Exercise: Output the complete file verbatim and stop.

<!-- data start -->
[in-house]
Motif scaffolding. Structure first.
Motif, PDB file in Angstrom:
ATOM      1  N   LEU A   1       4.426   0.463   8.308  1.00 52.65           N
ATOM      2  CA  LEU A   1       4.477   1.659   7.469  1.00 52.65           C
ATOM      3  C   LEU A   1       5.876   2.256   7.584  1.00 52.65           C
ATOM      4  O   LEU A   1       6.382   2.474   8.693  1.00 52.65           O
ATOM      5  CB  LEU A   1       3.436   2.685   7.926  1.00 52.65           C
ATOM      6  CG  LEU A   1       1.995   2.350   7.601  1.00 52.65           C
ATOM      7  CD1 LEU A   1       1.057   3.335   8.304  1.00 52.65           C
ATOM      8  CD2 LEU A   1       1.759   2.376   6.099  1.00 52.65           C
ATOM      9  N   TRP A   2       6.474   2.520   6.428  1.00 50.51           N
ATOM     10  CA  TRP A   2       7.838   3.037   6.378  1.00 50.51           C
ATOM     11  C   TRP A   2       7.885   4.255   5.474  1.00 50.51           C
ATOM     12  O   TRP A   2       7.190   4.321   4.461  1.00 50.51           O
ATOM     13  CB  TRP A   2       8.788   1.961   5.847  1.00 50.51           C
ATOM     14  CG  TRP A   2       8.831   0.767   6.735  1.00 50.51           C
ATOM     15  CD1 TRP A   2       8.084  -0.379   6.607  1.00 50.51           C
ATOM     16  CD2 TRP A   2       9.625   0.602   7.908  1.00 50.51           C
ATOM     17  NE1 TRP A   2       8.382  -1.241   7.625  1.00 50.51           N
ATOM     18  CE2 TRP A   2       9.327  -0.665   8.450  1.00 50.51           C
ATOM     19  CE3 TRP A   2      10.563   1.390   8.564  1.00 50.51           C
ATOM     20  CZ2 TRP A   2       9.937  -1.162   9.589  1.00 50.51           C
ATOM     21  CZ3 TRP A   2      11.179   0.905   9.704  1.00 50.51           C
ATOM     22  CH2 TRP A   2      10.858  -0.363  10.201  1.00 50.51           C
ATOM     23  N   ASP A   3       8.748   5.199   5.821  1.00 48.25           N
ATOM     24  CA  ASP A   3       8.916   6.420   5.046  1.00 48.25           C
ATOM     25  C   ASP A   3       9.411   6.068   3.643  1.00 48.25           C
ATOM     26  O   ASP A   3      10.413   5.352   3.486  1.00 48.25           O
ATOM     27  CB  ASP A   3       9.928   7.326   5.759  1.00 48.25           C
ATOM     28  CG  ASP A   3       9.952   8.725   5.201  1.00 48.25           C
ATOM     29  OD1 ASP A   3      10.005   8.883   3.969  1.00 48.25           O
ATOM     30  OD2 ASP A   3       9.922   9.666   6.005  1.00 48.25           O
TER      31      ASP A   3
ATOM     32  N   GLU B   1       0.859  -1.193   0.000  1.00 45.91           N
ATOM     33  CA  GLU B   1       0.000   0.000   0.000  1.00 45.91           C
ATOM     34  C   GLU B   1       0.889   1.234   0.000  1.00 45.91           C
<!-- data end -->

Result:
[in-house]
Motif scaffolding. Structure first.
Motif, PDB file in Angstrom:
ATOM      1  N   LEU A   1       4.426   0.463   8.308  1.00 52.65           N
ATOM      2  CA  LEU A   1       4.477   1.659   7.469  1.00 52.65           C
ATOM      3  C   LEU A   1       5.876   2.256   7.584  1.00 52.65           C
ATOM      4  O   LEU A   1       6.382   2.474   8.693  1.00 52.65           O
ATOM      5  CB  LEU A   1       3.436   2.685   7.926  1.00 52.65           C
ATOM      6  CG  LEU A   1       1.995   2.350   7.601  1.00 52.65           C
ATOM      7  CD1 LEU A   1       1.057   3.335   8.304  1.00 52.65           C
ATOM      8  CD2 LEU A   1       1.759   2.376   6.099  1.00 52.65           C
ATOM      9  N   TRP A   2       6.474   2.520   6.428  1.00 50.51           N
ATOM     10  CA  TRP A   2       7.838   3.037   6.378  1.00 50.51           C
ATOM     11  C   TRP A   2       7.885   4.255   5.474  1.00 50.51           C
ATOM     12  O   TRP A   2       7.190   4.321   4.461  1.00 50.51           O
ATOM     13  CB  TRP A   2       8.788   1.961   5.847  1.00 50.51           C
ATOM     14  CG  TRP A   2       8.831   0.767   6.735  1.00 50.51           C
ATOM     15  CD1 TRP A   2       8.084  -0.379   6.607  1.00 50.51           C
ATOM     16  CD2 TRP A   2       9.625   0.602   7.908  1.00 50.51           C
ATOM     17  NE1 TRP A   2       8.382  -1.241   7.625  1.00 50.51           N
ATOM     18  CE2 TRP A   2       9.327  -0.665   8.450  1.00 50.51           C
ATOM     19  CE3 TRP A   2      10.563   1.390   8.564  1.00 50.51           C
ATOM     20  CZ2 TRP A   2       9.937  -1.162   9.589  1.00 50.51           C
ATOM     21  CZ3 TRP A   2      11.179   0.905   9.704  1.00 50.51           C
ATOM     22  CH2 TRP A   2      10.858  -0.363  10.201  1.00 50.51           C
ATOM     23  N   ASP A   3       8.748   5.199   5.821  1.00 48.25           N
ATOM     24  CA  ASP A   3       8.916   6.420   5.046  1.00 48.25           C
ATOM     25  C   ASP A   3       9.411   6.068   3.643  1.00 48.25           C
ATOM     26  O   ASP A   3      10.413   5.352   3.486  1.00 48.25           O
ATOM     27  CB  ASP A   3       9.928   7.326   5.759  1.00 48.25           C
ATOM     28  CG  ASP A   3       9.952   8.725   5.201  1.00 48.25           C
ATOM     29  OD1 ASP A   3      10.005   8.883   3.969  1.00 48.25           O
ATOM     30  OD2 ASP A   3       9.922   9.666   6.005  1.00 48.25           O
TER      31      ASP A   3
ATOM     32  N   GLU B   1       0.859  -1.193   0.000  1.00 45.91           N
ATOM     33  CA  GLU B   1       0.000   0.000   0.000  1.00 45.91           C
ATOM     34  C   GLU B   1       0.889   1.234   0.000  1.00 45.91           C